In the city of Portland, Oregon, which is one of the most wonderful cities in the world, they have a complete commitment to a greener city. They have an inner-city free light rail system called the MAX. It has activated the city of Portland where there is a poverty and disadvantage issue, as there is in every big city. It has taken cars out of the centre of Portland. It has mobilised people and it has brought down the cost of living as well as being hugely popular.
They are those sorts of things we could be doing for sustained cost of living relief. But one of the problems with the approach in this bill, and the approach back in 2018, is that at some point, you are going to have to come back in here and deal with it. Or at some point, the provisions in a price cap bill end. The relief is so short term. I am sure it means a lot to people who get lower power bills in the years that they do, but in the end, they will pay.
We should be increasing concessions in Tasmania, particularly when we know 120 000 live at or below the poverty line. We can fund school costs for children and young people from households in poverty, and this could include levies, uniforms, stationary, excursions and textbooks. We can top up funding to those outstanding food relief organisations so that they can increase their outreach to households that really struggle to buy nutritious food or to people who live in parts of Tasmania where there are supply chain issues getting affordable food on the table. We can ramp up the capacity of our neighbourhood houses to provide that food relief and support. We can expand community gardens and education facilities, community houses and child and family centres.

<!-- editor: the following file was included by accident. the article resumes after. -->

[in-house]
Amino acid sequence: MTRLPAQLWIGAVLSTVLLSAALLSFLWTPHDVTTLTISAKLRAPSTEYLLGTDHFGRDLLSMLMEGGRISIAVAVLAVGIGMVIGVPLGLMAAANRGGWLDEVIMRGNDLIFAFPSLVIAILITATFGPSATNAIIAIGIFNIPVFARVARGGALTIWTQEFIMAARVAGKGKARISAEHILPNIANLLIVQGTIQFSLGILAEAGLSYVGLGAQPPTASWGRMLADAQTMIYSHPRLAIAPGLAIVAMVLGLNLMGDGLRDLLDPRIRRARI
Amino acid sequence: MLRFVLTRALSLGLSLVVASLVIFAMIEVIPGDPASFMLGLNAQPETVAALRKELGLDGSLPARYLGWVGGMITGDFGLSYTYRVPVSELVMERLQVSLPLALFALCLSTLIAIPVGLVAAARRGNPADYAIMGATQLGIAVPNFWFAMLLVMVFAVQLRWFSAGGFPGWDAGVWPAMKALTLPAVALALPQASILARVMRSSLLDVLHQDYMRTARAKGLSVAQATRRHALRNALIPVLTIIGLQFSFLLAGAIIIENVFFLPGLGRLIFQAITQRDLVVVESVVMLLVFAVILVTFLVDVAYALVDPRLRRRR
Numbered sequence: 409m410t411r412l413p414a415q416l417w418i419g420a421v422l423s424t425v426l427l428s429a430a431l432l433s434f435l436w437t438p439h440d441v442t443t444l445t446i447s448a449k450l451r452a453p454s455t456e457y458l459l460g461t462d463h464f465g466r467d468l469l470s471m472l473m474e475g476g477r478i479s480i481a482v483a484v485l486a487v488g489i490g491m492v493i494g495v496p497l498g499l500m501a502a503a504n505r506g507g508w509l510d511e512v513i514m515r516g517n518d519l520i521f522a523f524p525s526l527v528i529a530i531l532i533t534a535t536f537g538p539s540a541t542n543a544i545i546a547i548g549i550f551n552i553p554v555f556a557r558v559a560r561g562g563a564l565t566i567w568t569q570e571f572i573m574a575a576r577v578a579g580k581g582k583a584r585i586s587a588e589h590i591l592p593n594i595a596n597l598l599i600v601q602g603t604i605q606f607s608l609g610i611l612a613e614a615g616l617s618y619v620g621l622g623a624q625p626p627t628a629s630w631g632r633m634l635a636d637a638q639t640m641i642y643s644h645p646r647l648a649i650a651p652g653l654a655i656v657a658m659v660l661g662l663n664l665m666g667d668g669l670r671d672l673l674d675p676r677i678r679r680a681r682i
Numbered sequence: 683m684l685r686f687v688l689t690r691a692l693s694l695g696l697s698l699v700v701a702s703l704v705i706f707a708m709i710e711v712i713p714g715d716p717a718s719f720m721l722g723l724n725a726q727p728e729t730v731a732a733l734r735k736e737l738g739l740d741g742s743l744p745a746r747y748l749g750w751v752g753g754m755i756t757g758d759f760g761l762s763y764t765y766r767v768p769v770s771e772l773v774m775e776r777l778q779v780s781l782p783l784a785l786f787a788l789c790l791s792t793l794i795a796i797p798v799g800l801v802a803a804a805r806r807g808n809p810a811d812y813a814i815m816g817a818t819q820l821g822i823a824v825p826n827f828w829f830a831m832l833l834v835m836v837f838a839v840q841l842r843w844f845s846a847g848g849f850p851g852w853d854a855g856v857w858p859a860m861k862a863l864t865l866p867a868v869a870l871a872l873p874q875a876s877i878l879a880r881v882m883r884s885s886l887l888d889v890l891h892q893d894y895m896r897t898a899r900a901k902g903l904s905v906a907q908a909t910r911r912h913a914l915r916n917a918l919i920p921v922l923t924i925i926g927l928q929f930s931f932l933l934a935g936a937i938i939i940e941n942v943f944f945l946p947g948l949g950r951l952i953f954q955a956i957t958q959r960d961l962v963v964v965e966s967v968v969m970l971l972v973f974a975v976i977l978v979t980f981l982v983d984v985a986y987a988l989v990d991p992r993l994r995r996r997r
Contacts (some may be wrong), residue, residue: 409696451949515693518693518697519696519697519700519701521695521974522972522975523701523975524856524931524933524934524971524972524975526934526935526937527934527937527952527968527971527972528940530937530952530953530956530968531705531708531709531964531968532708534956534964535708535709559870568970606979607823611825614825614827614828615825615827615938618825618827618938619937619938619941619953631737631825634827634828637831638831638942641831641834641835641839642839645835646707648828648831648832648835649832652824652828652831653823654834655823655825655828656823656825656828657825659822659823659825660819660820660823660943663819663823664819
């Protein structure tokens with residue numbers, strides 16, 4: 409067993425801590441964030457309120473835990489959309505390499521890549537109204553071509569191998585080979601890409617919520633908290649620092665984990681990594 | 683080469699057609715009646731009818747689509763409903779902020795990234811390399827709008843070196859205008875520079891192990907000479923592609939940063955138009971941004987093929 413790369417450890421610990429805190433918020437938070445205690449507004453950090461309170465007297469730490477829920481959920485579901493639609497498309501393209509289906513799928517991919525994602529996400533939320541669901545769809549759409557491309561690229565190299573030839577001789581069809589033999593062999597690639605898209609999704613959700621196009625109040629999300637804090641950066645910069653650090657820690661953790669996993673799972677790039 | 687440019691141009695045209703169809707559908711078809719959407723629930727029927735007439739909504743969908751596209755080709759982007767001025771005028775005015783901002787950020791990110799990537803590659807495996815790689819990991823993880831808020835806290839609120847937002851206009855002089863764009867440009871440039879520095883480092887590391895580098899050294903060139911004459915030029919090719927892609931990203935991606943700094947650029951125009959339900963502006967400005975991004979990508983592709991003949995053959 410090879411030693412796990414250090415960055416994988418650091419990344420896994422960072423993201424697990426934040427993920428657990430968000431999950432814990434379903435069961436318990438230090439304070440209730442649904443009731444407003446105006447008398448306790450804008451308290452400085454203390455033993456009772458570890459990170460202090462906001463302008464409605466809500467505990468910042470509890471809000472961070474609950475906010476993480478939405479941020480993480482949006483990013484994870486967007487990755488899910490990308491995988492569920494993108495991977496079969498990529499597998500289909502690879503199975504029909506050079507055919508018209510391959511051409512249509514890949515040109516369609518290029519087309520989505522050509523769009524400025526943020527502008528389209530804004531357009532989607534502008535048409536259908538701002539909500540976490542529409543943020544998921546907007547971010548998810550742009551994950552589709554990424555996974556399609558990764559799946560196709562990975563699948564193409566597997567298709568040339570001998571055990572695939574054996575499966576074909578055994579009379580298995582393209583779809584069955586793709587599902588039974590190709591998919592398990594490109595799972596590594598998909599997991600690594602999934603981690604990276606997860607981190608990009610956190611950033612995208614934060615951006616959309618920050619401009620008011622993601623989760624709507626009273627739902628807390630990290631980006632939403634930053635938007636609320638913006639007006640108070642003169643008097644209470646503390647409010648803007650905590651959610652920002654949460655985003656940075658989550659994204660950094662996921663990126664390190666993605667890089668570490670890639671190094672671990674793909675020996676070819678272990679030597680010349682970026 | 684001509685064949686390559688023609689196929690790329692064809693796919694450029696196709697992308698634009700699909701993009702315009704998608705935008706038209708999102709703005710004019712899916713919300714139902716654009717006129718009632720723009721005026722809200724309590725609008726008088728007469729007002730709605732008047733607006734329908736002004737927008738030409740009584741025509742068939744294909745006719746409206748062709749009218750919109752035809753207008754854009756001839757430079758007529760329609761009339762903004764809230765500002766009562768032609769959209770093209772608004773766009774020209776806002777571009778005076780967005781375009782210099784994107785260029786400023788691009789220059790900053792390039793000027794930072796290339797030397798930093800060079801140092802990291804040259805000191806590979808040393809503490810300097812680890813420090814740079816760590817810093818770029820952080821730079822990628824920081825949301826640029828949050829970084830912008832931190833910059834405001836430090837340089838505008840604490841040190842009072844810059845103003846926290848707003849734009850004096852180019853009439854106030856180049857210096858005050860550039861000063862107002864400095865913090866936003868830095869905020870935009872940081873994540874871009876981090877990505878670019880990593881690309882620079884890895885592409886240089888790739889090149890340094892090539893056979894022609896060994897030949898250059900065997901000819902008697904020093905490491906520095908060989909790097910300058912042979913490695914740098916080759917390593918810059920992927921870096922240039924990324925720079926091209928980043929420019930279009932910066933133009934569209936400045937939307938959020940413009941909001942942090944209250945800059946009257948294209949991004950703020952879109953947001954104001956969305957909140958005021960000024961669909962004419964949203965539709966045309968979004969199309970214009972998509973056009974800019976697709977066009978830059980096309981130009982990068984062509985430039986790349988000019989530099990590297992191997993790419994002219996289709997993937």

As a state, we can afford to make TasTAFE free. We can afford to give people of all ages, particularly young people from rural and regional areas, a real crack at it by making TasTAFE free.
It is the choices that we make, and, ultimately, that the Government makes. As a parliament, we have a capacity to work together on some of these things and make a real, substantial difference. We should. It is our responsibility to do that. I am quite sure that everyone in this House is empathetic. It is part of the reason we go into politics, because we care about people and we want to help our communities so there are things that we can do and agree on. Surely, on the cost of living, there are things that are beyond partisanship that we know would make a difference.
We will listen to Mr Winter's response to the questions that we have raised. I will say, points for effort. We have some concerns about how it would work and we want to hear Mr Winter's response to our concerns.